RS²: Roleplaying Social Relationship System

Funded on Kickstarter in November 2020


In every roleplaying game we played, we found it difficult to manage the social relationships and interactions between PC and NPC in a flexible and instant way.

That’s why we started to think about a system to make it possible and, after different brainstorming and lateral thinking sessions we understood that the system needs to be:

Fast: No complex math, no long explanations

Easy to understand: Really simple and straightforward rules

Plug and Play: Both the gamemaster and the players have to be able to use it in seconds

Open-ended: Not related to a specific roleplaying game system but good for all of them


We started testing with various ideas and, finally, we created the system that satisfies all the four points.

The system we are creating works for every roleplaying game system and can be operated GM-side or PCs-side (guided by the gamemaster).


All the rules will be simple and fast to learn and to use in your campaigns.

No additional dice rolls needed.


You just have to print, photocopy or draw by hand the social relationship sheets and start playing, that’s it!

You can also apply it in your ongoing games without any tweak.

No modifications to the existent character sheets needed.


Last but not the least: you can use the system both for the whole party (master side) and\or for any single player (player side) with the exact same social sheet.

Build social maps for your party and your character.


The social map brings life to your campaign making it more realistic: using the social map it will be easy for the GM to create realistic and context related social plots on the fly.



This is an example of a social plot created in one minute using RS² rules.

There are a lot of possible relationship and social statuses, this is just an example.


-The facts-

The party was at the local tavern last night and witnessed a brawl: three men with the same red pin attacked one man.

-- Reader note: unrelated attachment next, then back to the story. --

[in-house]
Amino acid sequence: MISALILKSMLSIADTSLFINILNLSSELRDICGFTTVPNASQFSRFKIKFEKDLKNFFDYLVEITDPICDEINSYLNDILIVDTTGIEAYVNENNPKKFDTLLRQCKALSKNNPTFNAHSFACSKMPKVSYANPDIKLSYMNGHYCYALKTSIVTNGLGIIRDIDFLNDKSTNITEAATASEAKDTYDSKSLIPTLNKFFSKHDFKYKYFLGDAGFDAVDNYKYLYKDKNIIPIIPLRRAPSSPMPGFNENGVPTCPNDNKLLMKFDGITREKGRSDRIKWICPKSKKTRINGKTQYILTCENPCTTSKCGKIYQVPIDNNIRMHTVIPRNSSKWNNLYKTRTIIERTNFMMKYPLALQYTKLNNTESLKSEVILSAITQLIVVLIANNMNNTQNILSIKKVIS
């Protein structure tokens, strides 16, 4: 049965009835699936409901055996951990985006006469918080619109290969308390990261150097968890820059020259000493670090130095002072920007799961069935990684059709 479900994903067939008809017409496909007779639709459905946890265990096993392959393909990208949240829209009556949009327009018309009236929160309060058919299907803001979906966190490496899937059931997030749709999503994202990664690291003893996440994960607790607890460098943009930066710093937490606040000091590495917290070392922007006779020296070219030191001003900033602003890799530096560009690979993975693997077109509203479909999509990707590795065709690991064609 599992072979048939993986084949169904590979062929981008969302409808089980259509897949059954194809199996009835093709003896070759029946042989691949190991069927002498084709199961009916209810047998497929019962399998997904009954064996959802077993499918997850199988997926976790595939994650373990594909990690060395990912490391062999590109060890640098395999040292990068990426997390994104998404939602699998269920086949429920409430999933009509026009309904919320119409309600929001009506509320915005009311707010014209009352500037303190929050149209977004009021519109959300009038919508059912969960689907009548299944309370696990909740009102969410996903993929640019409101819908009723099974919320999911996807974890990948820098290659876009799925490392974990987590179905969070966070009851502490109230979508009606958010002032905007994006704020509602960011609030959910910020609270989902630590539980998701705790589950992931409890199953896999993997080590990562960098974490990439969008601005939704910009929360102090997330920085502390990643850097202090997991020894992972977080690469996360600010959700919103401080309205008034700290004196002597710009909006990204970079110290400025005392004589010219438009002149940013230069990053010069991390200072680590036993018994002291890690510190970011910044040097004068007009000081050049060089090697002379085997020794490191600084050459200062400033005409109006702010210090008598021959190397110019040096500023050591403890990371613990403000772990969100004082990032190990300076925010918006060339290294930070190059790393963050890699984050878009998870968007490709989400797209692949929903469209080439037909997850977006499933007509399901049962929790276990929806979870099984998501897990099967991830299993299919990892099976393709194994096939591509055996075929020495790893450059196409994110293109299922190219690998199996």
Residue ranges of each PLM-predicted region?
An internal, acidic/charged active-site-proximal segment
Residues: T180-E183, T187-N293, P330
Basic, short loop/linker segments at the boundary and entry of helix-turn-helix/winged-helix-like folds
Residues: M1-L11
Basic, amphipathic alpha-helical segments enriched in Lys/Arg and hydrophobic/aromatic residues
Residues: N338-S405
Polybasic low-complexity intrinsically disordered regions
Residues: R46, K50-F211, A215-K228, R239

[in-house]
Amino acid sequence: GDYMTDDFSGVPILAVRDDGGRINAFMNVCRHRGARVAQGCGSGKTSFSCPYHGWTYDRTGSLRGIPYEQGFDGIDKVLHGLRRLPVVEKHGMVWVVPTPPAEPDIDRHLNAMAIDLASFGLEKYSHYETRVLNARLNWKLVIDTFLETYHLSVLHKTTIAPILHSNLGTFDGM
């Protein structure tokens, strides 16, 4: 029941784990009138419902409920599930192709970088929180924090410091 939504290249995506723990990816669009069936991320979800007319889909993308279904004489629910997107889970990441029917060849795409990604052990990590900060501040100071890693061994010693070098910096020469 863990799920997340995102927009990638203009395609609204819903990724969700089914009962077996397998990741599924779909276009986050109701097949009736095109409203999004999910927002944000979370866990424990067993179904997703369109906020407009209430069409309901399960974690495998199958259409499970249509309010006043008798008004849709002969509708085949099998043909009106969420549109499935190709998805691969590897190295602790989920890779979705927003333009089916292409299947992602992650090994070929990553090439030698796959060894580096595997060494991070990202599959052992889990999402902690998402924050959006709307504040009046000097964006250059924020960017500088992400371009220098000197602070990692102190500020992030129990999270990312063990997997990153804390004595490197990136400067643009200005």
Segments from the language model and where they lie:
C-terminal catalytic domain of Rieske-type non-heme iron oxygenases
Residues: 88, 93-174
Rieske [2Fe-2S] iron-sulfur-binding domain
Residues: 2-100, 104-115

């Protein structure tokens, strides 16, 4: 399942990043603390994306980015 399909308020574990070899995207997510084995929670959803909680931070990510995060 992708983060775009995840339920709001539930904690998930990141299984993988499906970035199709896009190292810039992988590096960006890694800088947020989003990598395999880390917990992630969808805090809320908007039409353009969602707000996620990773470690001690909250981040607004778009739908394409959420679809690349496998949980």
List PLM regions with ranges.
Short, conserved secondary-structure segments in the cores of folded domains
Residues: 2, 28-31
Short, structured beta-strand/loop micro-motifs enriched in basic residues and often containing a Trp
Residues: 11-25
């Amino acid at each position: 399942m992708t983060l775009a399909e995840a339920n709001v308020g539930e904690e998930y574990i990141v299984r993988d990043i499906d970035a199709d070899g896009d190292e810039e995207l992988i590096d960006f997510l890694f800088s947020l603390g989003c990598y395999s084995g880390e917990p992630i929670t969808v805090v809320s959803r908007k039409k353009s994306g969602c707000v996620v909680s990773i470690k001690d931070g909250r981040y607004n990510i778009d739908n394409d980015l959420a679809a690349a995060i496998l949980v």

The group saved the victim by attacking the three men and putting them on the run.


-RS² GM side-

The GM writes on the social sheet that now the group has a good relationship with the man who was saved and a bad relationship with the three attackers.

What the party does not know is that the three attackers are part of a guild of merchants in the city and that the characters now have a bad relationship with the guild itself.

The man they helped is a thief who was caught by the merchant guild trying to sell stolen goods.


-RS² player side-

All the members of the party write on their social sheet that they have a good relationship with the saved man.

They don’t know anything about the guild of merchants so they don’t write anything on their social card about this.


-Gameplay effects-

Now the party notices a lot of distrust from the merchants when they enter a store, prices are higher and trade negotiations are denied.

The party receives a thank you note from the man who has been saved containing an address to go to in case they need to find rare items.

It is up to the party to investigate to understand what is going on, trying to re-establish its reputation among the merchants or follow the path of thieves.

All this information is written in a few words on social sheets and social map (if used), all this is easy to do and does not change the normal character sheets.

Visit our Kickstarter page